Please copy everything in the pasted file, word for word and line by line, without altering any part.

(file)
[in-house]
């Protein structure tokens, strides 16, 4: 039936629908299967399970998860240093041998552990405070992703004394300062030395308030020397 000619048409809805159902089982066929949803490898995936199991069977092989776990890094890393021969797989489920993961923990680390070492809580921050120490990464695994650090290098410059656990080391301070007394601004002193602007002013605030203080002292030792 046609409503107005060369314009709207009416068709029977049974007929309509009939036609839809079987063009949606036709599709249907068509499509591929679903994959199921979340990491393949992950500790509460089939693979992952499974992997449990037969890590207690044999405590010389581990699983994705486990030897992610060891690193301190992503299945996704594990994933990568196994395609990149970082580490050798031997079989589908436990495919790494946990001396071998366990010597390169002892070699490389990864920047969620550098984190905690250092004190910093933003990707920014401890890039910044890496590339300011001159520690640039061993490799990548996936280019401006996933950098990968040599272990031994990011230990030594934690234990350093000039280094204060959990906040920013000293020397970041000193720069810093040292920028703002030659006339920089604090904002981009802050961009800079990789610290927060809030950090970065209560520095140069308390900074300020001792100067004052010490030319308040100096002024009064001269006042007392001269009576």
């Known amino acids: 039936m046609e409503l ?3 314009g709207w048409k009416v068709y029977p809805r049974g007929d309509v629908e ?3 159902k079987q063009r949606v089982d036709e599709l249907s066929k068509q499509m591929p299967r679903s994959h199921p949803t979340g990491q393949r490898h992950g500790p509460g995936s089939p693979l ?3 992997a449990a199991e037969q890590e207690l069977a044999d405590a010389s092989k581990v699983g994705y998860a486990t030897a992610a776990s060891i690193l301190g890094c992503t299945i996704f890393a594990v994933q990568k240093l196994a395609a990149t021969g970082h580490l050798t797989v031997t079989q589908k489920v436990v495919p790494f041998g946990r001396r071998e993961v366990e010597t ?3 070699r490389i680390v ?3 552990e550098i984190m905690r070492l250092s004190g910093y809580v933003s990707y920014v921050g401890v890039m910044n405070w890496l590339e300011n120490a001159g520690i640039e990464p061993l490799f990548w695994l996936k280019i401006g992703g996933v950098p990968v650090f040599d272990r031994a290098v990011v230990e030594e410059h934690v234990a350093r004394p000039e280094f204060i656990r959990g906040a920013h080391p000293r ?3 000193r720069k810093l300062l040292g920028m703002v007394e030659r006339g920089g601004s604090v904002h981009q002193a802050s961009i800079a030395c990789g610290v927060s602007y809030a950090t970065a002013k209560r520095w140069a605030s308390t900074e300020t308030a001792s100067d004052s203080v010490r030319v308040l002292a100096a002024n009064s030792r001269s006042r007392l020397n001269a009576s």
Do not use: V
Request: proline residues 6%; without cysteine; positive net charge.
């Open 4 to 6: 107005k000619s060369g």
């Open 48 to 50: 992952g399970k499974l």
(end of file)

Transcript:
[in-house]
């Protein structure tokens, strides 16, 4: 039936629908299967399970998860240093041998552990405070992703004394300062030395308030020397 000619048409809805159902089982066929949803490898995936199991069977092989776990890094890393021969797989489920993961923990680390070492809580921050120490990464695994650090290098410059656990080391301070007394601004002193602007002013605030203080002292030792 046609409503107005060369314009709207009416068709029977049974007929309509009939036609839809079987063009949606036709599709249907068509499509591929679903994959199921979340990491393949992950500790509460089939693979992952499974992997449990037969890590207690044999405590010389581990699983994705486990030897992610060891690193301190992503299945996704594990994933990568196994395609990149970082580490050798031997079989589908436990495919790494946990001396071998366990010597390169002892070699490389990864920047969620550098984190905690250092004190910093933003990707920014401890890039910044890496590339300011001159520690640039061993490799990548996936280019401006996933950098990968040599272990031994990011230990030594934690234990350093000039280094204060959990906040920013000293020397970041000193720069810093040292920028703002030659006339920089604090904002981009802050961009800079990789610290927060809030950090970065209560520095140069308390900074300020001792100067004052010490030319308040100096002024009064001269006042007392001269009576």
């Known amino acids: 039936m046609e409503l ?3 314009g709207w048409k009416v068709y029977p809805r049974g007929d309509v629908e ?3 159902k079987q063009r949606v089982d036709e599709l249907s066929k068509q499509m591929p299967r679903s994959h199921p949803t979340g990491q393949r490898h992950g500790p509460g995936s089939p693979l ?3 992997a449990a199991e037969q890590e207690l069977a044999d405590a010389s092989k581990v699983g994705y998860a486990t030897a992610a776990s060891i690193l301190g890094c992503t299945i996704f890393a594990v994933q990568k240093l196994a395609a990149t021969g970082h580490l050798t797989v031997t079989q589908k489920v436990v495919p790494f041998g946990r001396r071998e993961v366990e010597t ?3 070699r490389i680390v ?3 552990e550098i984190m905690r070492l250092s004190g910093y809580v933003s990707y920014v921050g401890v890039m910044n405070w890496l590339e300011n120490a001159g520690i640039e990464p061993l490799f990548w695994l996936k280019i401006g992703g996933v950098p990968v650090f040599d272990r031994a290098v990011v230990e030594e410059h934690v234990a350093r004394p000039e280094f204060i656990r959990g906040a920013h080391p000293r ?3 000193r720069k810093l300062l040292g920028m703002v007394e030659r006339g920089g601004s604090v904002h981009q002193a802050s961009i800079a030395c990789g610290v927060s602007y809030a950090t970065a002013k209560r520095w140069a605030s308390t900074e300020t308030a001792s100067d004052s203080v010490r030319v308040l002292a100096a002024n009064s030792r001269s006042r007392l020397n001269a009576s």
Do not use: V
Request: proline residues 6%; without cysteine; positive net charge.
């Open 4 to 6: 107005k000619s060369g």
């Open 48 to 50: 992952g399970k499974l």